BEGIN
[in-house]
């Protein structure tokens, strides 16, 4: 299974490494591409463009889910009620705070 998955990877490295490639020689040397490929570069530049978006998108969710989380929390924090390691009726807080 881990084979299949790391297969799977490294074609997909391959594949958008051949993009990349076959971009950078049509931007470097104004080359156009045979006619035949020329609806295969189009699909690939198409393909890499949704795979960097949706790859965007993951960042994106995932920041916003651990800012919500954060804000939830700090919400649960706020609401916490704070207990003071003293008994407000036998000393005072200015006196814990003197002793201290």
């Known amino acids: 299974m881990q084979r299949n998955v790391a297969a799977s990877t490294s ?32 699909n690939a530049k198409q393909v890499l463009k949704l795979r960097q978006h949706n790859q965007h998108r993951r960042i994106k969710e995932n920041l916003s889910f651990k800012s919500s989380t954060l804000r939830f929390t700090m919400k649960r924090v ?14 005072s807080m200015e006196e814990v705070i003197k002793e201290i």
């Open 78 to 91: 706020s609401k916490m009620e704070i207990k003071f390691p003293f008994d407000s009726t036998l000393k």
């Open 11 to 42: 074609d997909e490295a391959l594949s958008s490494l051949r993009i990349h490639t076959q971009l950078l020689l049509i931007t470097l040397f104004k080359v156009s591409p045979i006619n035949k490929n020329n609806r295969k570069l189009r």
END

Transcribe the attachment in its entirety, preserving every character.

[in-house]
């Protein structure tokens, strides 16, 4: 299974490494591409463009889910009620705070 998955990877490295490639020689040397490929570069530049978006998108969710989380929390924090390691009726807080 881990084979299949790391297969799977490294074609997909391959594949958008051949993009990349076959971009950078049509931007470097104004080359156009045979006619035949020329609806295969189009699909690939198409393909890499949704795979960097949706790859965007993951960042994106995932920041916003651990800012919500954060804000939830700090919400649960706020609401916490704070207990003071003293008994407000036998000393005072200015006196814990003197002793201290």
């Known amino acids: 299974m881990q084979r299949n998955v790391a297969a799977s990877t490294s ?32 699909n690939a530049k198409q393909v890499l463009k949704l795979r960097q978006h949706n790859q965007h998108r993951r960042i994106k969710e995932n920041l916003s889910f651990k800012s919500s989380t954060l804000r939830f929390t700090m919400k649960r924090v ?14 005072s807080m200015e006196e814990v705070i003197k002793e201290i």
């Open 78 to 91: 706020s609401k916490m009620e704070i207990k003071f390691p003293f008994d407000s009726t036998l000393k």
């Open 11 to 42: 074609d997909e490295a391959l594949s958008s490494l051949r993009i990349h490639t076959q971009l950078l020689l049509i931007t470097l040397f104004k080359v156009s591409p045979i006619n035949k490929n020329n609806r295969k570069l189009r």